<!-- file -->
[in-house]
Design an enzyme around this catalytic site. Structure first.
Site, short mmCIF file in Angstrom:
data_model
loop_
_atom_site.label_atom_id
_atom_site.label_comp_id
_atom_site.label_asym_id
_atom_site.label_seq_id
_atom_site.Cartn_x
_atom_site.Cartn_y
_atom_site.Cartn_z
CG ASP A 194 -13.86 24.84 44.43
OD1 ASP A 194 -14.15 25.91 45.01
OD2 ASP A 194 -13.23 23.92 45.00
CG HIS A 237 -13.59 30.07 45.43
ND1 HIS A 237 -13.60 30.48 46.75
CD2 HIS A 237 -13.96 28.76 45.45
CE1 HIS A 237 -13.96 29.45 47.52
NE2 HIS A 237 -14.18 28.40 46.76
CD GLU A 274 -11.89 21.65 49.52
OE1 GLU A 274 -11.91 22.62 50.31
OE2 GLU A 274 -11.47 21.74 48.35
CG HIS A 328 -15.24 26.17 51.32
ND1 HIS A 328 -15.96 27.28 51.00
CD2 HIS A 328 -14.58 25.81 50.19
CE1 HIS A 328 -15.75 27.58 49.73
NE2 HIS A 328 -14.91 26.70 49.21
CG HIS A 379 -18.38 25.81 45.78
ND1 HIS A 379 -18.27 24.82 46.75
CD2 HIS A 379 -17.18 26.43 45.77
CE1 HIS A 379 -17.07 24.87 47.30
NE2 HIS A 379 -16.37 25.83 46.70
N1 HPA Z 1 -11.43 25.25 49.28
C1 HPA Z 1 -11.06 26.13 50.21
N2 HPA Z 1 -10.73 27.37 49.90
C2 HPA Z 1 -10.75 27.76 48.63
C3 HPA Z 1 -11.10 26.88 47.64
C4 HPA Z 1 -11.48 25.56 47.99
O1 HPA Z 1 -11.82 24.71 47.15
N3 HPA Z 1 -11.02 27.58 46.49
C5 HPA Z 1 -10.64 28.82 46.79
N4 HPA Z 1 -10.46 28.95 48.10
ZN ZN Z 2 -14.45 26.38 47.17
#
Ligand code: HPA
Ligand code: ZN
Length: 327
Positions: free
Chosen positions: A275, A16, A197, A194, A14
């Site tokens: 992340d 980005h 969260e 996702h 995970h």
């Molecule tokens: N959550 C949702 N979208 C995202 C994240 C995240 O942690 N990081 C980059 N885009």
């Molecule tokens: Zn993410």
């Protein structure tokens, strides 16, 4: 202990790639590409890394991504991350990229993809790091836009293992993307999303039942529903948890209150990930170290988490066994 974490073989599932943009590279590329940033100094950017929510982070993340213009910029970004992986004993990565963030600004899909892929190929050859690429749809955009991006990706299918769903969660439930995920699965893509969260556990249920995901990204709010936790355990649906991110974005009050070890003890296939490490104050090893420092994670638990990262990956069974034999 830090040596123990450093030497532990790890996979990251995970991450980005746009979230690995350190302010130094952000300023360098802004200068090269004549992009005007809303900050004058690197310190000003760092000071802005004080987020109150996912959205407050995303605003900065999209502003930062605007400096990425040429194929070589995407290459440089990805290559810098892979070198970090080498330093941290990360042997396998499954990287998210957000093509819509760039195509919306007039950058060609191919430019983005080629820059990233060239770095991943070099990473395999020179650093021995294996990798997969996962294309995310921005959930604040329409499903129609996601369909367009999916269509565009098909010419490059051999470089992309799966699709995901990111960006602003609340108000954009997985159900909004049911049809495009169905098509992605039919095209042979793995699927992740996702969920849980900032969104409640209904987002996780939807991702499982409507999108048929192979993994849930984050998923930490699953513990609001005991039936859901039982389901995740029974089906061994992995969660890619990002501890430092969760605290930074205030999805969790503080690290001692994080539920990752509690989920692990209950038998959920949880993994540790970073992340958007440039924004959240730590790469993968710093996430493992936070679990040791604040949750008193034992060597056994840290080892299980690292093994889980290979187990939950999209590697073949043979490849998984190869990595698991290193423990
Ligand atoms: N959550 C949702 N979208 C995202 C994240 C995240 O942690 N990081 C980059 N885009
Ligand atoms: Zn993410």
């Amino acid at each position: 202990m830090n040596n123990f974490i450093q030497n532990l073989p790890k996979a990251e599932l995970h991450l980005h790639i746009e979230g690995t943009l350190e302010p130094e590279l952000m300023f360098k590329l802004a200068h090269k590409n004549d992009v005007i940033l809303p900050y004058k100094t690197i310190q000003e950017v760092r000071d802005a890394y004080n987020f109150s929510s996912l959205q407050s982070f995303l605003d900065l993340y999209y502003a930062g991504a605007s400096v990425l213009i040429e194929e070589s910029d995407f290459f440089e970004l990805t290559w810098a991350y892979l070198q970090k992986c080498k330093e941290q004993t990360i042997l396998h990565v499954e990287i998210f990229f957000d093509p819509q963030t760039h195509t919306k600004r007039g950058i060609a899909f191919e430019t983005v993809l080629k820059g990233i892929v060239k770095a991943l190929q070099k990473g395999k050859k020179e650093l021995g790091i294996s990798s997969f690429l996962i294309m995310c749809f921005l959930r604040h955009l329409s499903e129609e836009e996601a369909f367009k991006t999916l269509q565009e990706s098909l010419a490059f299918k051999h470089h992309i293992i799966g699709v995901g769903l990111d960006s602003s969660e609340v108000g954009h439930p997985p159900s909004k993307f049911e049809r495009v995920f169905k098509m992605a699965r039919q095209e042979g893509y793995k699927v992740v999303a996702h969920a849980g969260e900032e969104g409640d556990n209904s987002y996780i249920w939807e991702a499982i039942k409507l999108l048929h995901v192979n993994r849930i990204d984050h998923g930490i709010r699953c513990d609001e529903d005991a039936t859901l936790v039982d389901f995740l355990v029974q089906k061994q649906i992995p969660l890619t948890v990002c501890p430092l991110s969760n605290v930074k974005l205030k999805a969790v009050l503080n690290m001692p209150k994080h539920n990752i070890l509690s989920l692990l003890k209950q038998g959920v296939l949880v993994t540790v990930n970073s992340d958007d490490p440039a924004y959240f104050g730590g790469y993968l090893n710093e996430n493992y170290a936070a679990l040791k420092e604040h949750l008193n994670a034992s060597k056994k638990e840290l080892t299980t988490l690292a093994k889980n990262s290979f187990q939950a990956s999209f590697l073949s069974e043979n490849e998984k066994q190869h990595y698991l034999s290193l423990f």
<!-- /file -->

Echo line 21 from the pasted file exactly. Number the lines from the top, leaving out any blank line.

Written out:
CD GLU A 274 -11.89 21.65 49.52